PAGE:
When I was 16, I started to wake up feeling the way people feel after a night of hard drinking: woozy from nausea, desperately thirsty, bleary-eyed, and barely able to stumble down the stairs. At first, I thought it was the stress of my exams, but when I got worse—when I realized I'd lost 35 pounds in two months, I couldn't quench my thirst with any amount of water, and even paper-cuts took weeks to heal—I realized something might be seriously wrong.
It turned out I had Type 1 diabetes, and I'd been suffering from critical diabetic ketoacidosis, a serious condition caused by lack of insulin. I spent eight hours in the hospital that night, while a revolving door of doctors and nurses stuck various foreign objects into my veins, including a sliding scale of insulin. By the time I returned home two days later, I was bloated, bruised, and sore from the IVs, but ready to adjust to my new normal: I took my insulin. I ate three meals a day. I felt better.
Very quickly, my body began to recover, and with recovery came all the weight I'd lost. Pre-diagnosis, I had been sick, but effortlessly thin. Post-diagnosis, I couldn't zip any of my jeans. I resented the injections almost immediately.
"When you don't have insulin in your body, your body can't absorb any calories. So if you're a Type 1 diabetic and you don't have insulin, you are eating thousands of calories and still losing weight because your body isn't processing any of the calories," said Asha Agar Brown, the executive director of We Are Diabetes, an organization for Type 1 diabetics suffering from eating disorders. "When you re-introduce insulin, there's an immediate bloat to the body as your muscles and your tissue are able to finally get nutrients back. If you've lost twenty pounds [pre-diagnosis] and then you immediately gain it back, there's shame attached to that."
As Brown herself discovered after she was diagnosed with Type 1 diabetes, there was a simple way to drop the weight again: Just stop taking insulin.
It didn't take me long to realize that this worked. It started as an experiment, taking less and less insulin, until I wasn't taking any at all. If I withheld insulin, I could drop 15 pounds in three days, easy. I could still eat what I wanted without gaining weight, because without insulin, my body couldn't process any of the calories. Insulin restriction became a ritual as my hip bones and ribs became visible, and I fell into a stupor I can only describe as completely addictive.
Sondra Kronberg, an eating disorder specialist and spokesperson for the National Eating Disorder Association, told VICE that diabetics already have a heightened focus on food, calories, and portions, since every meal has an effect on insulin levels. If someone is already predisposed to having an eating disorder, "this extra attention given to the food, initially for medical reasons, can turn into a disordered fixation."
In my case, the condition is called diabulimia, a portmanteau of "diabetes" and "bulimia." There's very little research about diabulimia, but according to Brown, it's startlingly common. "Among Type 1 diabetics, it's one in every three," she told VICE. One study, which followed women with Type 1 diabetes over the course of 11 years, found that 30 percent restricted their insulin (sometimes, but not always, for the purpose of losing weight). Other research suggests Type 1 diabetics are twice as likely as non-diabetics to develop an eating disorder.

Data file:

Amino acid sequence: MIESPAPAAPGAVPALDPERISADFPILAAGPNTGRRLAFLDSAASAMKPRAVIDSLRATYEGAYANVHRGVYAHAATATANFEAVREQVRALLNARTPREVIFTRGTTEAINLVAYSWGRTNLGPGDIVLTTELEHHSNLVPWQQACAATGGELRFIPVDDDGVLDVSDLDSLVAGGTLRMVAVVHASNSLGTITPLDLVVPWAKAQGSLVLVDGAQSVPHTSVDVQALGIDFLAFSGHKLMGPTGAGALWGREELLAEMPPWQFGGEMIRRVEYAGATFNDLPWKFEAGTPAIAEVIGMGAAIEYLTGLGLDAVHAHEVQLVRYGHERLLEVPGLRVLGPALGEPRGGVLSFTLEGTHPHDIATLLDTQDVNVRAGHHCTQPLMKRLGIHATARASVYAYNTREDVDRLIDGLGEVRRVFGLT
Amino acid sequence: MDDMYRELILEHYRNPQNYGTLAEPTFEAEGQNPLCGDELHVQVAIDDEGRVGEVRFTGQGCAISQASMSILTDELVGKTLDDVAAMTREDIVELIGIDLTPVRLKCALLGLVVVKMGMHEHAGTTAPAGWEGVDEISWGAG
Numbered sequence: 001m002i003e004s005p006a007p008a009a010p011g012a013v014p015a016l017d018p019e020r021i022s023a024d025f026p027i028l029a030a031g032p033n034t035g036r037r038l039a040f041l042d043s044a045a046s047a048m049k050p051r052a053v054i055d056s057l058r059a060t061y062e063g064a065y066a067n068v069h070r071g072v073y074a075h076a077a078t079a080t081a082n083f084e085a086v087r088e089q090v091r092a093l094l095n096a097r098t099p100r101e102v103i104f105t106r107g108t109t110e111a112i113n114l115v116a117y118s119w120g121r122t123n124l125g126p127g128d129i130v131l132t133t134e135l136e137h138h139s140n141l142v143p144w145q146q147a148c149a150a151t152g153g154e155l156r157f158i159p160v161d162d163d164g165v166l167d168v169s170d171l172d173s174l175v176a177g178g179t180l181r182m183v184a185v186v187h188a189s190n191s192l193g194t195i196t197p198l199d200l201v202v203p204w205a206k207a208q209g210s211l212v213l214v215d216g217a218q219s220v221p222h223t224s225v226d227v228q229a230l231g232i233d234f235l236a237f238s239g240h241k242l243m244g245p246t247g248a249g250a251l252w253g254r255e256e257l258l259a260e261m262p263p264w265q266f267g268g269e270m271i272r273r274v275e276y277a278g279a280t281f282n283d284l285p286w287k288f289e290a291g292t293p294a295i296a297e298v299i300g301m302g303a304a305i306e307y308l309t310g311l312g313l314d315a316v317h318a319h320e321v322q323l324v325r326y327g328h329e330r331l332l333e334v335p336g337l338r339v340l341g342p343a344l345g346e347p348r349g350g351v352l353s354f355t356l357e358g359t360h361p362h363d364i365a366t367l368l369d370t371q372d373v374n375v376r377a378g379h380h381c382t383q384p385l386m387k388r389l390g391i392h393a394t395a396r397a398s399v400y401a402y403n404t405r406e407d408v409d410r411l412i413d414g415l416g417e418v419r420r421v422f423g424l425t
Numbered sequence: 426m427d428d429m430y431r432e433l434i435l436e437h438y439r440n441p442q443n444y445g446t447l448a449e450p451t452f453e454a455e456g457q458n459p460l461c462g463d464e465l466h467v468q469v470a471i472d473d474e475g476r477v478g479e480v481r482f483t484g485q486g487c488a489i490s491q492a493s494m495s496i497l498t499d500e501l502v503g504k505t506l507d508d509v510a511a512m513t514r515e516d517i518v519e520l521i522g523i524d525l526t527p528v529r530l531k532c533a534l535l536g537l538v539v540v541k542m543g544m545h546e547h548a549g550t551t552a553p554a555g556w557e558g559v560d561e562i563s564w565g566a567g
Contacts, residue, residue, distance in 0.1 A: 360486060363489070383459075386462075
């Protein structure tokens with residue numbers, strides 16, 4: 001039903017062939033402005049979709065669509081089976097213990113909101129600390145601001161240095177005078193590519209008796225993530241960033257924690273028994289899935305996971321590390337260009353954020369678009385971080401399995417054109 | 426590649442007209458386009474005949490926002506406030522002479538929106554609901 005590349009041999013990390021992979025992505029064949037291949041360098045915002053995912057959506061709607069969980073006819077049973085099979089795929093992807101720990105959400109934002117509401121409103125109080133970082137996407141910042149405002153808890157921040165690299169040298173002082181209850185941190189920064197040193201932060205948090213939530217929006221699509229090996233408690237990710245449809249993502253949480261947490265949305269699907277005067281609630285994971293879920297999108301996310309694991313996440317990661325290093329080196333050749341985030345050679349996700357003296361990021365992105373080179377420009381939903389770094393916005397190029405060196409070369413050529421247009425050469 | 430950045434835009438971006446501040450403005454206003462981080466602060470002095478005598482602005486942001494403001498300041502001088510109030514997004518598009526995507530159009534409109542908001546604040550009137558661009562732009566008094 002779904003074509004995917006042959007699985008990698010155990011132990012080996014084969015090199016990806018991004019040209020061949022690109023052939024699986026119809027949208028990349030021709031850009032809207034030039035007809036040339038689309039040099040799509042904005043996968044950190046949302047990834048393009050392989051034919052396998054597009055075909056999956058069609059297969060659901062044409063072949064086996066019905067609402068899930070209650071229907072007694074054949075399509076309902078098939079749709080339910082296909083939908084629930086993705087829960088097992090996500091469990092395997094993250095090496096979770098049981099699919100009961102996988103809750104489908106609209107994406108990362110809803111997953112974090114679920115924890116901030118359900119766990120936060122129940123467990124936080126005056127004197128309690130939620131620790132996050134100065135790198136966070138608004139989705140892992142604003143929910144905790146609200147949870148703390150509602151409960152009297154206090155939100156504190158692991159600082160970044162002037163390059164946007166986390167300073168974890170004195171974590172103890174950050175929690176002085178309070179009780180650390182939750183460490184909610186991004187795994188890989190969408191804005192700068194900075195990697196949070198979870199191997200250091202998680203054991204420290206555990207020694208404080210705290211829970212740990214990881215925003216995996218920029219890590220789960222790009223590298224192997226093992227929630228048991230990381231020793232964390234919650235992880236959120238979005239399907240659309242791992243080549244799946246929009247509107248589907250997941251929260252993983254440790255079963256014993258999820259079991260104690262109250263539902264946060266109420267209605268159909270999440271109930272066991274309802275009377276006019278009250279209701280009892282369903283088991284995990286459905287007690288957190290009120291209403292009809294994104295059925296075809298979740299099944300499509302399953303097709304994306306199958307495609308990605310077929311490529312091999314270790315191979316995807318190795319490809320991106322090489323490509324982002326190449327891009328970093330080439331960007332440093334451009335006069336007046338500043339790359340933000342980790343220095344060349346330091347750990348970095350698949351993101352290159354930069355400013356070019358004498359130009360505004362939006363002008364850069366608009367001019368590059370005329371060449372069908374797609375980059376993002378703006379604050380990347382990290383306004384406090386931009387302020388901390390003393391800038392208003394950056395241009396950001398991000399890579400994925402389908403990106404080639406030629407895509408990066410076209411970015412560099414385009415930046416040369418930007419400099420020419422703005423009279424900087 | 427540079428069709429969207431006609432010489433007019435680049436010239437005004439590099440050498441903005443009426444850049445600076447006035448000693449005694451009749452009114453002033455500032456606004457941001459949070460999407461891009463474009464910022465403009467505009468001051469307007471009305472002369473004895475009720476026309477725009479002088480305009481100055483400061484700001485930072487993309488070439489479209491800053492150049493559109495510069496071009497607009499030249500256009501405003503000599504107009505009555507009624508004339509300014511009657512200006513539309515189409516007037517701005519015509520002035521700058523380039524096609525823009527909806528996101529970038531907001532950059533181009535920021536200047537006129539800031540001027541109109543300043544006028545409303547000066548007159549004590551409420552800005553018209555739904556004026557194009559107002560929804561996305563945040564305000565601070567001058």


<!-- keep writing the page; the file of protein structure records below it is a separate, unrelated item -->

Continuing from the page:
Without insulin, my body started to shut down. On mornings after I hadn't taken my insulin, I would wake up with hideous nausea. Concentrating at school became impossible as my eyes would blur from raised blood sugar levels, which were often so high that they didn't even register on my meter.
My eating disorder became more important than my diabetes. One sickness had trumped the other.
Brown, who also suffered from diabulimia for over a decade before ultimately founding We Are Diabetes, said the consequences can be devastating. She considers herself lucky—"I still have my eyes and my feet, although I have severe muscle pain, called myofascial pain syndrome"—but has worked with others through her organization who have gone blind or developed heart disease from restricting insulin. Six individuals she worked with ultimately died from complications of the disorder.
"Withholding insulin for the purpose of weight loss is very dangerous," Kronberg told VICE. Short-term symptoms include frequent urination, excessive thirst, dehydration, and diabetic ketoacidosis, the condition that put me in the hospital when I was first diagnosed. In the long term, Kronberg said withholding insulin can also cause nerve damage, heart attacks, stroke, gum disease, and infertility. And if you do it for long enough, you will die.
And yet, I didn't really care. There was nothing parallel to the feeling of losing so much weight so easily, and my eating disorder became more important than my diabetes. One sickness had trumped the other.
After about a year of withholding insulin, when I couldn't make it up the stairs without my heart spasming, I finally told my mom what I had been doing. I spent the several days in the hospital, plugged into IV drips; later, a psychologist would diagnose me with diabulimia.
Slowly, I began reintroducing insulin into my life. I still struggle, admittedly. There have been relapses and days when my anxiety about my body is so crippling that I can't leave the house. But these days are becoming fewer and fewer; every day, I'm trying my best.
And right now, that's good enough for me.
If you or someone you know is struggling with an eating disorder, please visit the National Eating Disorders Association's website or call their helpline: 800-931-2237.
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